On the Edge: Adobe Edge and Flash
To everyone saying that Adobe Edge is a flash killer, i have this to say:
No, it is not a flash killer. Let us first remember what Edge does, and is targeted for. Edge is targeted mainly at advertisers on the web. You open edge, create a new document, and the default format is that of a banner ad. Perhaps, it may cause the downfall of Flash as an advertising platform. In my opinion, that would be a great thing. For no reason should a tiny little banner ad on a website use 50% of my CPU when i'm visiting that site. There's no reason for that. It's not because of flash per se, it's because of terrible flash developers trying to run non-optimized content and deliver it to the user. But i digress.
Also, all Edge can do is create animations and basic interactivity. It is not built to make RIA's or mobile applications in the same way that flash is. It is built for creating ads.
It wouldn't be such a bad thing if HTML5 and CSS replaced Flash in the advertising market. Advertisers would be able to reach people on mobile and devices much easier, without the dependency of flash. That makes sense to me. But, to say that Edge and HTML5 will *kill* flash is a complete falsity.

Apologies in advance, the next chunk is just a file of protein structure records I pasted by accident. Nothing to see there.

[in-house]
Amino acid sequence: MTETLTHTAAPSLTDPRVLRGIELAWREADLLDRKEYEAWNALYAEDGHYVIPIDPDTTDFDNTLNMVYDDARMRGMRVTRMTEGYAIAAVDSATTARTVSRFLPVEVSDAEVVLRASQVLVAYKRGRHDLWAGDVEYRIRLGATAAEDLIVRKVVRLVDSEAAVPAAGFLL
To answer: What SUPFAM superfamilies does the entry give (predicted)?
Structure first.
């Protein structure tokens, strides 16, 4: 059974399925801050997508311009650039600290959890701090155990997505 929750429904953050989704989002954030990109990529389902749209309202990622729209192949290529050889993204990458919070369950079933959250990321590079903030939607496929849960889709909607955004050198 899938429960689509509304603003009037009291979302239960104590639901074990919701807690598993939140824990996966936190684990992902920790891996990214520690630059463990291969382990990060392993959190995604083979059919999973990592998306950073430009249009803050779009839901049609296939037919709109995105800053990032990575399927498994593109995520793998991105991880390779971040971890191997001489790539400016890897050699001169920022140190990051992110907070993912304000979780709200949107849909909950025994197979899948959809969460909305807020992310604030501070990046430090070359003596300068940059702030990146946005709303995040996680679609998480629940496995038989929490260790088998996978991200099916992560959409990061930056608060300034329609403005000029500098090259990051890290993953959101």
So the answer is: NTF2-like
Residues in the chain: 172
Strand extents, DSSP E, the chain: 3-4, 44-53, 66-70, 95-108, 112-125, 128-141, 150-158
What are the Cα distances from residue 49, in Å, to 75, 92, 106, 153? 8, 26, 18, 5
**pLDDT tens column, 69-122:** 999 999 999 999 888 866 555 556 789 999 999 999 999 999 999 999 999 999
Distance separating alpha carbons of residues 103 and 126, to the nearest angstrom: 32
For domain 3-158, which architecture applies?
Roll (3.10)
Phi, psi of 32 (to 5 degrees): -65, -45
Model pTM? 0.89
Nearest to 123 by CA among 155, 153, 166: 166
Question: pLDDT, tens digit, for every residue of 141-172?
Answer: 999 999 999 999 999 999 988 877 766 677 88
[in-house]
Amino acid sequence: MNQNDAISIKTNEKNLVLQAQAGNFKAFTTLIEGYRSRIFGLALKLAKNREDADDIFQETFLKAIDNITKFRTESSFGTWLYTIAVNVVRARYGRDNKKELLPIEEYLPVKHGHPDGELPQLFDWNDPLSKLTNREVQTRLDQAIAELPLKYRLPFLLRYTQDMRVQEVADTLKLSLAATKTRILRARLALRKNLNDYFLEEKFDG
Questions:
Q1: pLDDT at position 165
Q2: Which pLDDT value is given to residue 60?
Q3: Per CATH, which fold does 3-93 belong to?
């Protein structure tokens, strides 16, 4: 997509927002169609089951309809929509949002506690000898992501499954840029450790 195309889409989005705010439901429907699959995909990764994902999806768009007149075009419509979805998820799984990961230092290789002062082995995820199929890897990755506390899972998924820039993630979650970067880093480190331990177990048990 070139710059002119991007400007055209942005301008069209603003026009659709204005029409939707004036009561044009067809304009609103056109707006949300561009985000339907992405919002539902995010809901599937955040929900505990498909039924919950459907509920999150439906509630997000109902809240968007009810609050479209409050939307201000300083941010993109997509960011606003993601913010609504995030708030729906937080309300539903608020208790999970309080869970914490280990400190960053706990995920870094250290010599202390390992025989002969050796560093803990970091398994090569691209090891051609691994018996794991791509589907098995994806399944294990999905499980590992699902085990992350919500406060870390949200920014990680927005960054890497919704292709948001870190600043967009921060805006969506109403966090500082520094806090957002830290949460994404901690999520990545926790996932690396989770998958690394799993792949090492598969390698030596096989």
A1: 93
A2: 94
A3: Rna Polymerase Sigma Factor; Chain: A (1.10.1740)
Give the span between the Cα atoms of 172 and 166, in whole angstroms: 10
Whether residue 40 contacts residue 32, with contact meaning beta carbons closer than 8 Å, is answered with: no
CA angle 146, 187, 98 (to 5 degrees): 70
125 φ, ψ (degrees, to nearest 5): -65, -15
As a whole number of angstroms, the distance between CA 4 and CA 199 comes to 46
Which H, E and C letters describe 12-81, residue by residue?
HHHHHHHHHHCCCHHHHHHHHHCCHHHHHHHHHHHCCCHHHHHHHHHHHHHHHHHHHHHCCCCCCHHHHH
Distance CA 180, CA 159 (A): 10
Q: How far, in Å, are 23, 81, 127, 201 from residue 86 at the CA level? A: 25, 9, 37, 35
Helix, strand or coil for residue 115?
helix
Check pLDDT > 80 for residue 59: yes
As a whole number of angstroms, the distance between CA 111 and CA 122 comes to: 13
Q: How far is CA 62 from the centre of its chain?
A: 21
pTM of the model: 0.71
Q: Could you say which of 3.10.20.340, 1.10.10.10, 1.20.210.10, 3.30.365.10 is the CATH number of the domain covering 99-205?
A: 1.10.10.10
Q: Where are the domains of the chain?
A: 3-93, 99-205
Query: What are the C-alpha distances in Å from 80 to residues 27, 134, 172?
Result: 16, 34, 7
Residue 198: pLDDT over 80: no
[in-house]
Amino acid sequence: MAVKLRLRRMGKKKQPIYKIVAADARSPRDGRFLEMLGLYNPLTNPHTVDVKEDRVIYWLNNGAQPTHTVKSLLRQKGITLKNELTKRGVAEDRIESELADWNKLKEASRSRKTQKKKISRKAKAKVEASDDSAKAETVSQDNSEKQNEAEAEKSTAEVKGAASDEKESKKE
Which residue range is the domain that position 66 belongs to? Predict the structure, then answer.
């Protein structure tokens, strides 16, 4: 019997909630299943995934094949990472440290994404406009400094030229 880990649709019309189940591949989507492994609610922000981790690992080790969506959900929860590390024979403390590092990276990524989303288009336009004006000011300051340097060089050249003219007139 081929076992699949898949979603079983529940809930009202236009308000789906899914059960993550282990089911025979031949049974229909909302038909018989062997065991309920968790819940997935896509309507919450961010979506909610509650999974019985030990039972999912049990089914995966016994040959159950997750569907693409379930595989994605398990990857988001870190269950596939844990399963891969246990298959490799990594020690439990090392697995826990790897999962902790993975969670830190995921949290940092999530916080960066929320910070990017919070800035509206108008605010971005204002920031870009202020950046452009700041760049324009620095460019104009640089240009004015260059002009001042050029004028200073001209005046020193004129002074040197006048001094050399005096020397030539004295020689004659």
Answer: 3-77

Flash (AIR) is currently, in my opinion, the best mobile app platform that allows users to build one app on one code base and target just about every major mobile platform out there. One cannot do that with HTML5, no sir. You have to use Flash, or Appcelerator or something. But, out of all of the mobile development platforms that i've tried, Flash is by far the easiest. You can create a beautiful mobile app that functions with speeds sometimes greater than that of a native app, and you get to avoid all of the Java or Objective-C headaches that might come from native development. Plus, with the advent of AIR 3, developers can build native extensions to give their flash apps the exact same functionality of a native app on any platform they choose.
In short, no, Edge will not kill flash, nor is adobe trying to kill flash with Edge. Flash will live on for a long time, both on the web and on mobile devices. Edge and HTML5 can never fully replace all of the functionality that Flash has built over the years, and it will never equal it's performance or ease of development.
All for now!
Arthur Lockman is a .NET Core and web developer based in Massachusetts. He's also an amateur photographer specializing in Walt Disney World and small events photography.